First, markets are not a natural feature of human society. Nearly all societies other than the modern one we live in used different, non-market mechanisms to distribute goods to members. Our society is unique in having made markets the central mechanism for the production and distribution of goods to its members.Clarification: Markets have existed since ancient times in some societies, but have been peripheral adjuncts — shutting them down would not have caused serious damage to society.

Second, market mechanisms conflict with other social mechanisms and are harmful to society. They emerged to central prominence in Europe after a protracted battle, which was won by markets over society due to certain historical circumstances peculiar to Europe. The rise of markets caused tremendous damage to society, which continues to this day. The replacement of key mechanisms, which govern social relations with those compatible with market mechanisms, was traumatic to human values. Land, labour and money are crucial to the efficient functioning of a market economy. Market societies convert these into commodities causing tremendous damage. This involves (A) changing a nurturing and symbiotic relationship with Mother Earth into a commercial one of exploiting nature, (B) Changing relationships based on trust, intimacy and lifetime commitments into short term impersonal commercial transactions, and (C) Turning human lives into saleable commodities in order to create a labor market.

Third, Unregulated markets are so deadly to human society and environment that creation of markets automatically sets into play movements to protect society and envirnoment from the harm that they cause. Paradoxically, it is this counter-movement, this opposition to markets, that allows markets to survive. If this was not present, markets would destroy the society and the planet. For example, the Great Depression caused the collapse of many free market institutions, and the government stepped in to prop them up and substitute for them. This protective, anti-market, move allowed capitalism to survive. This is called the “Double Movement” by Polanyi, who says that the history of capitalism cannot be understand without looking at both sides — the forces trying to liberate markets from all regulations, and the forces fighting to protect society from the harmful effects of unregulated markets.

Fourth, certain ideologies, which relate to land, labour and money, and the profit motive are required for efficient functioning of markets. In particular, both poverty, and a certain amount of callousness and indifference to poverty are required for efficient functioning of markets. Poverty is, in a sense, to be clarified, a creation of the market economy. The sanctification of property rights is another essential feature of markets. Thus, the existence of a market economy necessitates the emergence of certain ideologies and mindsets which are harmful to, and in contradiction with, natural human tendencies.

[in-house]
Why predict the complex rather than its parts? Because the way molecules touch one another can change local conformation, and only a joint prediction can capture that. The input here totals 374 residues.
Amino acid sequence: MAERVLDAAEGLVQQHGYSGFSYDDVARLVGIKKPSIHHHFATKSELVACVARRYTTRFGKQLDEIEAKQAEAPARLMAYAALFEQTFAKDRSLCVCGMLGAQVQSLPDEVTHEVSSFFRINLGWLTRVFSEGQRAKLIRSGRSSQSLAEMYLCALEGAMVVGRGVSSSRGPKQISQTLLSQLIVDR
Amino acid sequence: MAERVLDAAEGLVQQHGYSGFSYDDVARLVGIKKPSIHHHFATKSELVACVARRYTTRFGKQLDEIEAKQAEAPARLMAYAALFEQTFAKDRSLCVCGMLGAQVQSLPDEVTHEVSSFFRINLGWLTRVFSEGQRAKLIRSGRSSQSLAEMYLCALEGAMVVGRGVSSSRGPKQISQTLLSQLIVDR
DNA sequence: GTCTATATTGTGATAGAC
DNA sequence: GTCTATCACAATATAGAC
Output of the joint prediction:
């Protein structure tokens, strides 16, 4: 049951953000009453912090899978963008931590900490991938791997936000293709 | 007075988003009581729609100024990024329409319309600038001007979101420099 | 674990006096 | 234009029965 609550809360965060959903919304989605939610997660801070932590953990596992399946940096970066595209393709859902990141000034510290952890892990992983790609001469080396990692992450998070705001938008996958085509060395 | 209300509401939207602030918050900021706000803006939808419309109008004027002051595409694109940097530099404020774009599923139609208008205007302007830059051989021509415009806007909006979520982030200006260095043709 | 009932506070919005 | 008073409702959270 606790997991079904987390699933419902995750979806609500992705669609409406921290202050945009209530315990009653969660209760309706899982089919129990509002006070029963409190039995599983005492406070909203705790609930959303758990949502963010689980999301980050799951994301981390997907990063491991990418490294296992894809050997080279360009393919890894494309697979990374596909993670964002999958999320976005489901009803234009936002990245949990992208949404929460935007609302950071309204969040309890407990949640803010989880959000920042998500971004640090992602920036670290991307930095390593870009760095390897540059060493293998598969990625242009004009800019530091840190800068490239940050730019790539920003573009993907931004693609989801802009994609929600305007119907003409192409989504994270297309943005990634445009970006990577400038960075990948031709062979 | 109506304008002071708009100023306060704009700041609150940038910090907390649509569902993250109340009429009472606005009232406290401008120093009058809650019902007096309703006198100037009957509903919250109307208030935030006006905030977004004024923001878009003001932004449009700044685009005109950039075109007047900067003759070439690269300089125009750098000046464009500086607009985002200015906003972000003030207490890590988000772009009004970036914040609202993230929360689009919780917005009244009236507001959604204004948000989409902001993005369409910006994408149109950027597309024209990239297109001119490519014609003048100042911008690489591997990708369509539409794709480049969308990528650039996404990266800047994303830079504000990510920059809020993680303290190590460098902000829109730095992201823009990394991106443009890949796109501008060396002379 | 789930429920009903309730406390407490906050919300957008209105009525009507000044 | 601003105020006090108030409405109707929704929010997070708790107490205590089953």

Fifth, markets have been fragile and crisis-prone and have lurched from disaster to disaster, as amply illustrated by GFC 2008. Polanyi prognosticated in 1944 that the last and biggest of these crises in his time, the Second World War, had finally killed the market system and a new method for organising economic affairs would emerge in its wake. In fact, the Keynesian ideas eliminated the worst excesses of market-based economies and dominated the scene for about 30 years following that war. However, the market system rose from the ashes and came to dominate the globe in an astonishing display of power. This story has been most effectively presented by Naomi Klein in The Shock Doctrine: The Rise of Disaster Capitalism.

Sixth, market economies require imposition by violence — either natural or created. As noted by the earliest strategists, deception is a crucial element of warfare. One of the essential ingredients in the rise of markets has been a constant battle to misrepresent facts, so that stark failures of markets have been painted as remarkable successes. There are a number of strategies commonly used to portray an economic disaster as progress and development. Without this propaganda, markets could not survive, as the forces of resistance to markets would be too strong.

This last point clarifies something which may puzzle readers. According to all we hear, capitalism has created tremendous wealth and unprecedented progress. In fact, notwithstanding capitalist propaganda to the contrary, this growth has been extremely costly. We have sold planet Earth, and are celebrating the proceeds without taking into reckoning the costs. Understanding Polanyi’s analysis is essential to reversing the damage.

My full article, which provides further details of this brief sketch,  can be downloaded from the link below:

The Rise and Fall of the Market Economy,” Review of Islamic Economics, Vol. 14, No. 2, 2010, pp. 123–155

POSTSCRIPT:

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7 comments
  1. Bruce E. Woych said: